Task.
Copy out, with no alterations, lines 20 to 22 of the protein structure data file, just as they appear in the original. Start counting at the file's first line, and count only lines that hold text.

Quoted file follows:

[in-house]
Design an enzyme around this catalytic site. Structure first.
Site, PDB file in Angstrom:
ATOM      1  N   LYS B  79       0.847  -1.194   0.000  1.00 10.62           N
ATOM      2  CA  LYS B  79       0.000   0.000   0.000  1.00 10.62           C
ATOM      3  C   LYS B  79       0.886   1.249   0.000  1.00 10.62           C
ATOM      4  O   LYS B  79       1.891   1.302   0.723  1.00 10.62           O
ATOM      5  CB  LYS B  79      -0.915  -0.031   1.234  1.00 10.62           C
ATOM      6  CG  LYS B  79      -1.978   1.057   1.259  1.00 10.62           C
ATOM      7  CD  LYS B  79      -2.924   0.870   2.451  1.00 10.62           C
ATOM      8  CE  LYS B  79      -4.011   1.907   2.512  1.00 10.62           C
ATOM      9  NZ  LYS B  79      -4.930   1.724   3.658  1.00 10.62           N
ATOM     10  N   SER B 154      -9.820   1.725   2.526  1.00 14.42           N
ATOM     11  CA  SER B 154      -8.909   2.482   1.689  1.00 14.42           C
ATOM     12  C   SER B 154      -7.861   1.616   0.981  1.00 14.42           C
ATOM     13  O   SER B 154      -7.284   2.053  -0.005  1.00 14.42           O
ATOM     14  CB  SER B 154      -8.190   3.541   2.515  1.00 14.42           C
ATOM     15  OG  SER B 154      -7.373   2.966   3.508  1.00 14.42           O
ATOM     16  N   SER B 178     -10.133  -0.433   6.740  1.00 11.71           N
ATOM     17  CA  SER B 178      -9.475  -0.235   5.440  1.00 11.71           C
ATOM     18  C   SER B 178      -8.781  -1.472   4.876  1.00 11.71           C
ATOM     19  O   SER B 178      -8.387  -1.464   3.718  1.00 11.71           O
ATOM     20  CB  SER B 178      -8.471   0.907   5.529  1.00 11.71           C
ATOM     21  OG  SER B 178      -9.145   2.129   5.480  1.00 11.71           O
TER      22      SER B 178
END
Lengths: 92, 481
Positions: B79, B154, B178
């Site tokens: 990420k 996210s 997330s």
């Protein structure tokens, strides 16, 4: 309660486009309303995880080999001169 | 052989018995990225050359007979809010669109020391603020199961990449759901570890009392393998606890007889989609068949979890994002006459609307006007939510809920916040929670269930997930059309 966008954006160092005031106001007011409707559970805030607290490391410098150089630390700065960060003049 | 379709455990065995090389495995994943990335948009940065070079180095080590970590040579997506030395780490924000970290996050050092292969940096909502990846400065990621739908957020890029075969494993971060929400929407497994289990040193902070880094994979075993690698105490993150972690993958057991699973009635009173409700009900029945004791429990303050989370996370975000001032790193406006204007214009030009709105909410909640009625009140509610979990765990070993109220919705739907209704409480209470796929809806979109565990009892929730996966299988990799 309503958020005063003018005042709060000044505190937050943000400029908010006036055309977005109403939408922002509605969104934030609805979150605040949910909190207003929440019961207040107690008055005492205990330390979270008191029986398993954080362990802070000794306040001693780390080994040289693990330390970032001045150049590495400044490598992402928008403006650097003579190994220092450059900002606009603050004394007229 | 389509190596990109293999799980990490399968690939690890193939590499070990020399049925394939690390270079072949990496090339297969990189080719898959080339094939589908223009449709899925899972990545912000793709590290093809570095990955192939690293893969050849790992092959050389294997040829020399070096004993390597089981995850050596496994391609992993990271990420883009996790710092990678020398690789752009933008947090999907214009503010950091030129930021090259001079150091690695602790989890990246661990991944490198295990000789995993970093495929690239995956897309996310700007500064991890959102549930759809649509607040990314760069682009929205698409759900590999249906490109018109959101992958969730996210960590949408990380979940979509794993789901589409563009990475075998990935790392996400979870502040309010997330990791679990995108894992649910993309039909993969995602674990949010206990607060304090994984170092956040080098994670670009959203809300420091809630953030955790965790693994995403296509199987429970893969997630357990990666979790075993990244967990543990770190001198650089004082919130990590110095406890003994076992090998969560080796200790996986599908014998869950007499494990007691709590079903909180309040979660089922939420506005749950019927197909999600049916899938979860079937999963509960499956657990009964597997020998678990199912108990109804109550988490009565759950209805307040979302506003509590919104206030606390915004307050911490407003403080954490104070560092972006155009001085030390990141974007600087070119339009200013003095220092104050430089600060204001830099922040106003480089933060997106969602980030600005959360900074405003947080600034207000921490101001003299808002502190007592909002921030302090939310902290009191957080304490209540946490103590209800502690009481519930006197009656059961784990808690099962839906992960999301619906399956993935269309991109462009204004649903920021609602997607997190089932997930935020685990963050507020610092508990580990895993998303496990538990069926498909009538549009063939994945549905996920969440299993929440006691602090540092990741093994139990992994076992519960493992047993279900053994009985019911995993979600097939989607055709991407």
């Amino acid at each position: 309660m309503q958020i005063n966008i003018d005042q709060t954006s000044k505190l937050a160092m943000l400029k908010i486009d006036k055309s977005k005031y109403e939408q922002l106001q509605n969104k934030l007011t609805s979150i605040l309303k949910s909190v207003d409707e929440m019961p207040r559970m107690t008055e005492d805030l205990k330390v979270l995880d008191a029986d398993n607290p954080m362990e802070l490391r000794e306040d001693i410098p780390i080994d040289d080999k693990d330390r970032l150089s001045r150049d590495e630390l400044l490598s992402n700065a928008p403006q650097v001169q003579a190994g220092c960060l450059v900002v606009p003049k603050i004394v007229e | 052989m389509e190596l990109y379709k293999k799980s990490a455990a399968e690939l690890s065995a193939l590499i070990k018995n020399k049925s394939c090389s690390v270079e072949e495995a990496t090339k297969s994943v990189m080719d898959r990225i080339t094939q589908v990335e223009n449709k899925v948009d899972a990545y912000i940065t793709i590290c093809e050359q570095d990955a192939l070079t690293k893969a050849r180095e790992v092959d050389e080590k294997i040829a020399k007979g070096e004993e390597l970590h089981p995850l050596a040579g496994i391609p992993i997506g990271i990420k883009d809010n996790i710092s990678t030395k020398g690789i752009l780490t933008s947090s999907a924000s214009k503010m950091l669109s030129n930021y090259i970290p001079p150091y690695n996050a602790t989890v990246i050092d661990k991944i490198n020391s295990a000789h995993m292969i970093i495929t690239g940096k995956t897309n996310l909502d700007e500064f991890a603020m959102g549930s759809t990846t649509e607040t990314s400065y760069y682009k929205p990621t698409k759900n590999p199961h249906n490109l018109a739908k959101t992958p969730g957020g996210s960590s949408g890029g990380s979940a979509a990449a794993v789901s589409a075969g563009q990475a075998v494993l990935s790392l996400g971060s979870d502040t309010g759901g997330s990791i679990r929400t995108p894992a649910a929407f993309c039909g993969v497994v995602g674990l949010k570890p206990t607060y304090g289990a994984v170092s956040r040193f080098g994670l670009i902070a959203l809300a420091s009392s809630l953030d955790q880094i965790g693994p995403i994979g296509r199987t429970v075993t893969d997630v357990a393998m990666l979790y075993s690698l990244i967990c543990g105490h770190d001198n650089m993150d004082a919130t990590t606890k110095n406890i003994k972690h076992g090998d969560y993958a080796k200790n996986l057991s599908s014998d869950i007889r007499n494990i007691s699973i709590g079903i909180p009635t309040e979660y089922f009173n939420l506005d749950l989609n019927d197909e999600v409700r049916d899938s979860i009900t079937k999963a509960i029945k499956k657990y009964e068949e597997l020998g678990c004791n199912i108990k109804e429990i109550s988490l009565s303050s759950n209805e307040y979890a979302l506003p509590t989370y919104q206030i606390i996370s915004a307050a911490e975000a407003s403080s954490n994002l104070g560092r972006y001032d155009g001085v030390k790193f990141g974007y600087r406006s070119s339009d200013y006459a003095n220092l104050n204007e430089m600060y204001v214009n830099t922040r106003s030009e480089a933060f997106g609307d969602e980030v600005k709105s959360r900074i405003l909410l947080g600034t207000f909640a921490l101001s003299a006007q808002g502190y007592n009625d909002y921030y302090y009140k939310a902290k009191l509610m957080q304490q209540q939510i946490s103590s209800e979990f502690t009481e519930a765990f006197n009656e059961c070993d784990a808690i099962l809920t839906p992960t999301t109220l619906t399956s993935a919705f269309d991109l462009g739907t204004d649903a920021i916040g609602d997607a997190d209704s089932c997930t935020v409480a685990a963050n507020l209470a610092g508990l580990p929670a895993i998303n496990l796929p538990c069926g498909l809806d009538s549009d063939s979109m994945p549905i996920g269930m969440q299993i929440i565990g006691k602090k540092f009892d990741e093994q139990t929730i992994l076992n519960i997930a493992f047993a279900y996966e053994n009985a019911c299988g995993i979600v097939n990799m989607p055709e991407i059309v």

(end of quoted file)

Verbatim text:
ATOM     17  CA  SER B 178      -9.475  -0.235   5.440  1.00 11.71           C
ATOM     18  C   SER B 178      -8.781  -1.472   4.876  1.00 11.71           C
ATOM     19  O   SER B 178      -8.387  -1.464   3.718  1.00 11.71           O